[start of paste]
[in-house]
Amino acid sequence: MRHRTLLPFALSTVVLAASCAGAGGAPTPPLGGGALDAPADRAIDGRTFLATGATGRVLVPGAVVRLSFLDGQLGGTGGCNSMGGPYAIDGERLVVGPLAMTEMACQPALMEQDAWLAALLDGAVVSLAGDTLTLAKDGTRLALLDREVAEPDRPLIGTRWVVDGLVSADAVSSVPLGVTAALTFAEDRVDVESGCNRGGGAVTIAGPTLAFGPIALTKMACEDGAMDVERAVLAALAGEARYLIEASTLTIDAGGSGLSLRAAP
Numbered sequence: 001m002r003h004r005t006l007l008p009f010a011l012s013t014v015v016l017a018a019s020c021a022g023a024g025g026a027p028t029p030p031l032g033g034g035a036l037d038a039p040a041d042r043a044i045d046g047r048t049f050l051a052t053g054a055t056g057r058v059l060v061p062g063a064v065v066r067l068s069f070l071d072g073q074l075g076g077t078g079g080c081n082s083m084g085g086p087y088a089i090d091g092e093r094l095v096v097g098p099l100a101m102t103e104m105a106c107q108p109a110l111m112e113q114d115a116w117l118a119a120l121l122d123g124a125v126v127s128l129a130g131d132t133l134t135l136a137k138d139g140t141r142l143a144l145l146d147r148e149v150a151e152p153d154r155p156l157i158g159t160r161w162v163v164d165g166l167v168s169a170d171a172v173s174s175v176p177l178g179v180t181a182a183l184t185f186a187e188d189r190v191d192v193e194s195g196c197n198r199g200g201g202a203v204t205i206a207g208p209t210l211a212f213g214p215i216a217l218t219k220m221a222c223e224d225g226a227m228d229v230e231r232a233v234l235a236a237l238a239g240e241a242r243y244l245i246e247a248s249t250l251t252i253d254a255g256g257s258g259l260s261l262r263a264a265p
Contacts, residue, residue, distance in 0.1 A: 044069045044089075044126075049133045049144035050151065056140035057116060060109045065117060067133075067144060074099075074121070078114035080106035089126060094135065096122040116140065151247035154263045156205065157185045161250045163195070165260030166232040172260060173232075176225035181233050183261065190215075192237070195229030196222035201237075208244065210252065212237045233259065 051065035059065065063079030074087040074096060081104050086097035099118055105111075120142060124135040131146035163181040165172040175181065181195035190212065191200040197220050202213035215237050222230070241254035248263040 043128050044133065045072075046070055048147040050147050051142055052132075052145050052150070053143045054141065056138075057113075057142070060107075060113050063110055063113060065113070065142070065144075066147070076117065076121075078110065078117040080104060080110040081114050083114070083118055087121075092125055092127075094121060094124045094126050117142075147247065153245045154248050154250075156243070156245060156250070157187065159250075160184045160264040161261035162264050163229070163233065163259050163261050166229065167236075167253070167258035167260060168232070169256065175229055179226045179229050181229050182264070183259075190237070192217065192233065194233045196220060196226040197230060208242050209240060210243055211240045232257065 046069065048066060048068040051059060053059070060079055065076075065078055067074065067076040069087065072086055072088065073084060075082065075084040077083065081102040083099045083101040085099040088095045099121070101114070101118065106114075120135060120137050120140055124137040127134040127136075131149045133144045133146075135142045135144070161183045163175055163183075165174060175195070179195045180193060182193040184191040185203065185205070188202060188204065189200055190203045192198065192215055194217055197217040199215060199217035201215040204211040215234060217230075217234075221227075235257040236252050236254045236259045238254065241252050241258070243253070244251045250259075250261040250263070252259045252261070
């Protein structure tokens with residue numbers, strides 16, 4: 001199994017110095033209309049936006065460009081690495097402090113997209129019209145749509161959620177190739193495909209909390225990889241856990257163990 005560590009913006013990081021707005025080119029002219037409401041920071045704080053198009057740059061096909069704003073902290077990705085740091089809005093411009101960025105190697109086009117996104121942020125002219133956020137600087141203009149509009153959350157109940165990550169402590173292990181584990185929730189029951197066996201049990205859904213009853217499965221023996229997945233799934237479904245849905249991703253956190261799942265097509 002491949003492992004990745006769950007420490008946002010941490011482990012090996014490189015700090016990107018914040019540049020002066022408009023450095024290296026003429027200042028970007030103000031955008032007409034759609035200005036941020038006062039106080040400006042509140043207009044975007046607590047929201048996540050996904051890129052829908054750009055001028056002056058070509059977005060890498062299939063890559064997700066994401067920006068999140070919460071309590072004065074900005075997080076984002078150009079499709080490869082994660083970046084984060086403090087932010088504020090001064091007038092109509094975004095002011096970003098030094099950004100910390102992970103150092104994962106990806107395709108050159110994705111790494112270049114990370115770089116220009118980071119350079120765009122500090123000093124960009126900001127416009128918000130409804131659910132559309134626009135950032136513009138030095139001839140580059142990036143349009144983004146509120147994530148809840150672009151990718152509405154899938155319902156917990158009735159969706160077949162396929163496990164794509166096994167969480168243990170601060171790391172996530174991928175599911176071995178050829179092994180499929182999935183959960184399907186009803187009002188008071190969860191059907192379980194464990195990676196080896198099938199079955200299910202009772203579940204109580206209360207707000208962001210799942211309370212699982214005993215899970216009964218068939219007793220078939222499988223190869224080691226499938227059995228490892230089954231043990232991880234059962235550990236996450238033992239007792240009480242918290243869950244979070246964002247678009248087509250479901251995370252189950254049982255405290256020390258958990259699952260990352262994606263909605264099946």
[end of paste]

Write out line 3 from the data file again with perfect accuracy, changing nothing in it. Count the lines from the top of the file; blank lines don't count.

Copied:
Numbered sequence: 001m002r003h004r005t006l007l008p009f010a011l012s013t014v015v016l017a018a019s020c021a022g023a024g025g026a027p028t029p030p031l032g033g034g035a036l037d038a039p040a041d042r043a044i045d046g047r048t049f050l051a052t053g054a055t056g057r058v059l060v061p062g063a064v065v066r067l068s069f070l071d072g073q074l075g076g077t078g079g080c081n082s083m084g085g086p087y088a089i090d091g092e093r094l095v096v097g098p099l100a101m102t103e104m105a106c107q108p109a110l111m112e113q114d115a116w117l118a119a120l121l122d123g124a125v126v127s128l129a130g131d132t133l134t135l136a137k138d139g140t141r142l143a144l145l146d147r148e149v150a151e152p153d154r155p156l157i158g159t160r161w162v163v164d165g166l167v168s169a170d171a172v173s174s175v176p177l178g179v180t181a182a183l184t185f186a187e188d189r190v191d192v193e194s195g196c197n198r199g200g201g202a203v204t205i206a207g208p209t210l211a212f213g214p215i216a217l218t219k220m221a222c223e224d225g226a227m228d229v230e231r232a233v234l235a236a237l238a239g240e241a242r243y244l245i246e247a248s249t250l251t252i253d254a255g256g257s258g259l260s261l262r263a264a265p